Clomiphene and letrozole are used to cause ovulation. Both medicines are used in the same way, although they act on the body differently. Each of these medicines is an antiestrogen in its own way. The antiestrogen effects of these medications “tricks” the body into making more estrogen. Estrogen is produced during the ovulation process. Logistically, each medicine is taken for 5 days in a row at a very specific time in the cycle. Intercourse must be timed to match the expected ovulation. There is no way to predict which medicine or dose will work better in a particular patient. Both clomiphene and letrozole have five dose levels, each. Twins are slightly more common with the pills.
Step II – Pills PLUS a Single Shot
The pills, clomiphene and letrozole, cue the body to prepare the egg for ovulation. The effect of the pills can be increased, if necessary, with an injectable hormone to trigger the egg to ovulate. The timing of this injection is VERY important. Intercourse then follows the shot. The benefits of the shot, ovulation, are accompanied by the introduction of two risks: OHSS and multiple gestation. OHSS (ovarian hyperstimulation syndrome) is when the ovaries swell, which can range from severe pain to life threatening fluid problems (rare). Multiple gestation can be twins, triplets or more.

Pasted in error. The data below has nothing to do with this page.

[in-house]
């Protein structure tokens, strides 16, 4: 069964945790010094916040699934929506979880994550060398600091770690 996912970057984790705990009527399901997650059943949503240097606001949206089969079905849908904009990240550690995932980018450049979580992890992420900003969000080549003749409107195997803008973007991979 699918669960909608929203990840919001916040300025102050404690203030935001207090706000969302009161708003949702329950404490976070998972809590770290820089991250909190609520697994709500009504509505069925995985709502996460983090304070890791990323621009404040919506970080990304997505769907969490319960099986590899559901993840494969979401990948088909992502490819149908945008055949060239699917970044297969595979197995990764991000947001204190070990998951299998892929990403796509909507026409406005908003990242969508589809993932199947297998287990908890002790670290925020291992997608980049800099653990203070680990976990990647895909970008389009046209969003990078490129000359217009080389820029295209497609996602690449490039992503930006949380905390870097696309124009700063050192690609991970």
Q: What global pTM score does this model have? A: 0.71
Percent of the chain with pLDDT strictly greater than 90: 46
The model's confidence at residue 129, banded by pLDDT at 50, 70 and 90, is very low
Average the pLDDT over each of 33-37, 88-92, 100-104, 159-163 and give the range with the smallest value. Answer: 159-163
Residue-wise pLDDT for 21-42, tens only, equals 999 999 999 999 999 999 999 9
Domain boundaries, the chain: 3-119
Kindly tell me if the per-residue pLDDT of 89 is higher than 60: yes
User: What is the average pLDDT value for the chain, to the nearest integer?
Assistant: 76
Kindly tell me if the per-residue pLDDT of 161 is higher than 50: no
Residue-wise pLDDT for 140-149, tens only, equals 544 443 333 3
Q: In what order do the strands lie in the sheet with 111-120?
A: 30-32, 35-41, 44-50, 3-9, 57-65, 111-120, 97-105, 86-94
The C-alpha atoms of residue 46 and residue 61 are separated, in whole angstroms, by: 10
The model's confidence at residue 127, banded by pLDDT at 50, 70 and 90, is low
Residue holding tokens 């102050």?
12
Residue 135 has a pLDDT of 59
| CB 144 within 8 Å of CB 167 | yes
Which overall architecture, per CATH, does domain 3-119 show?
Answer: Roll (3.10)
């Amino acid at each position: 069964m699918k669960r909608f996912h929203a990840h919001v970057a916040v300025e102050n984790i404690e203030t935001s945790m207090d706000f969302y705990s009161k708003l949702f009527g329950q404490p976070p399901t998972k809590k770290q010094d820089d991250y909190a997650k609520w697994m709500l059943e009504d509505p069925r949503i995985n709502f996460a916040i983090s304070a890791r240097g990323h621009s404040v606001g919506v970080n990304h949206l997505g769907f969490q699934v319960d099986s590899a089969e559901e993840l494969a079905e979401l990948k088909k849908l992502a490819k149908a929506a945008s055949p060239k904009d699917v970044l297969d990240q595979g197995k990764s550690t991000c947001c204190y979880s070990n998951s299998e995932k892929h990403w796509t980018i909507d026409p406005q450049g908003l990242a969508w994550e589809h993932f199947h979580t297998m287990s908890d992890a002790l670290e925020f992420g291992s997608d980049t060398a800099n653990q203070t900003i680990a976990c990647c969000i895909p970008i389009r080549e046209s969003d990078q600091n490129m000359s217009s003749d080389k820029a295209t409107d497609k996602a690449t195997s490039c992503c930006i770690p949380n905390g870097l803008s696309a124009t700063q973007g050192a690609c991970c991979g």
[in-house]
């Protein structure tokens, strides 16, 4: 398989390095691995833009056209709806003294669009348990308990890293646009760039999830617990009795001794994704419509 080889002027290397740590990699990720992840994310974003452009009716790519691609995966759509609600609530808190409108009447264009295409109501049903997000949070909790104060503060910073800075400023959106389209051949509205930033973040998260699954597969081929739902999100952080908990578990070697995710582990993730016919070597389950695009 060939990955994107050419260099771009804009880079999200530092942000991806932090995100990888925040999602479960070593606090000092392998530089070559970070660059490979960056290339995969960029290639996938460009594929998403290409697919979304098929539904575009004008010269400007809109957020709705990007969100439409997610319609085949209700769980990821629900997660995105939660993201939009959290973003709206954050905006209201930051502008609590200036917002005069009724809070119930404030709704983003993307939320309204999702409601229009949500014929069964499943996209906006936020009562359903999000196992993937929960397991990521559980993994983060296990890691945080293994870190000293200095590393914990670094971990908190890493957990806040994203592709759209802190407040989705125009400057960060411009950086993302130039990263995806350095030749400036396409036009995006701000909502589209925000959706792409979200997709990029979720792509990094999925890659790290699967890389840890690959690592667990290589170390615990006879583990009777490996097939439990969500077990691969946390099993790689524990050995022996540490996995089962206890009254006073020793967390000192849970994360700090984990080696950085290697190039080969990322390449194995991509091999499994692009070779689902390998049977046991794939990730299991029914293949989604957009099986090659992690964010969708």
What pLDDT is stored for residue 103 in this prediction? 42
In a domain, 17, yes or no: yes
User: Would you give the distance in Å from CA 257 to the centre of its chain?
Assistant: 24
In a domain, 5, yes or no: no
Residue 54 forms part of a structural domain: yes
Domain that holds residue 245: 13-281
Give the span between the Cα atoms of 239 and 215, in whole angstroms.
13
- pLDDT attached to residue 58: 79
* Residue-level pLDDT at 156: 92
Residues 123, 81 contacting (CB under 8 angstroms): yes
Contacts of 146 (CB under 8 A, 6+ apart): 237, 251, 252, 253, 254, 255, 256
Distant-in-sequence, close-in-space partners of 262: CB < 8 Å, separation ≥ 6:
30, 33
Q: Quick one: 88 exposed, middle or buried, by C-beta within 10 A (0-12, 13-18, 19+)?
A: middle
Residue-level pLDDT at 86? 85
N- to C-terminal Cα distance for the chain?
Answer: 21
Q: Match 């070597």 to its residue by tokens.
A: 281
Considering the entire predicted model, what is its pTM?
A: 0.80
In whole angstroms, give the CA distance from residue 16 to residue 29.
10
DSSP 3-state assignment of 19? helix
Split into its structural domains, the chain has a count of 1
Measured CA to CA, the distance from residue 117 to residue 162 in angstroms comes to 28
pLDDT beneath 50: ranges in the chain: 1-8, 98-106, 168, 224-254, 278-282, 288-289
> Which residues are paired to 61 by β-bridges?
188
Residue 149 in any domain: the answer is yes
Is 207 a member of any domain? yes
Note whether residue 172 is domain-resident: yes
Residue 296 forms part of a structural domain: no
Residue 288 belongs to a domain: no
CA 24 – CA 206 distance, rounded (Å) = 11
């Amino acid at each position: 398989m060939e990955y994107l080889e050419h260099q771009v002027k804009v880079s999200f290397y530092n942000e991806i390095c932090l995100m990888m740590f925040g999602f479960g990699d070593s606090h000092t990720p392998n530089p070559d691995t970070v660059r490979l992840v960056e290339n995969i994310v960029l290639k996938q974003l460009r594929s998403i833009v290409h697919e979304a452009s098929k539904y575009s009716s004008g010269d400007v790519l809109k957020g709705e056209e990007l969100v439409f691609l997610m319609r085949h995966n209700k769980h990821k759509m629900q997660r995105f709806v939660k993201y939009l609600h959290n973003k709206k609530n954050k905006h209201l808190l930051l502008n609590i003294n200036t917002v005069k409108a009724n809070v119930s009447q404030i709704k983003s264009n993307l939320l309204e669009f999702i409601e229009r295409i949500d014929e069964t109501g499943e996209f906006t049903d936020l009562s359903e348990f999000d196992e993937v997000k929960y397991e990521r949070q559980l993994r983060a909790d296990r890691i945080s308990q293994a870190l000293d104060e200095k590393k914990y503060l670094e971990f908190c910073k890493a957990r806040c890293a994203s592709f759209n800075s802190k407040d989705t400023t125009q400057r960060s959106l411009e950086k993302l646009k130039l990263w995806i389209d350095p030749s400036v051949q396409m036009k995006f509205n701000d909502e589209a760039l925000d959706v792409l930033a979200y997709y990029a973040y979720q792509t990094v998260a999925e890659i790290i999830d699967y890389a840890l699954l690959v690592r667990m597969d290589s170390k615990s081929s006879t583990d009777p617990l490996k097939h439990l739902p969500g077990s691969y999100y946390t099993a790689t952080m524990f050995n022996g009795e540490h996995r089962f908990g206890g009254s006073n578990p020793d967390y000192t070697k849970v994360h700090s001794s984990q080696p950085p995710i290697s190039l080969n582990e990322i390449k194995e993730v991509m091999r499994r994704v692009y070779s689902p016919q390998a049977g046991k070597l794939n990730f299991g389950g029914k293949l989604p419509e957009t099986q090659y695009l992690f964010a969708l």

Step IIIa – Shots
The pills of Step II can be replaced by another injectable hormone. The injection, given multiple times, causes egg development. This process is monitored with blood tests and ultrasound measurements of the growing ovarian cysts. Each cyst has an egg in it. At the right time, based on the blood estrogen level and the number of and size of the ovarian cysts, the other injectable hormone is given to trigger ovulation, just like in Step II. Intercourse or insemination then follows. The chance of OHSS and multiple gestation goes up with this treatment.
Step IIIb – Hybrid Cycles, Pills and Shots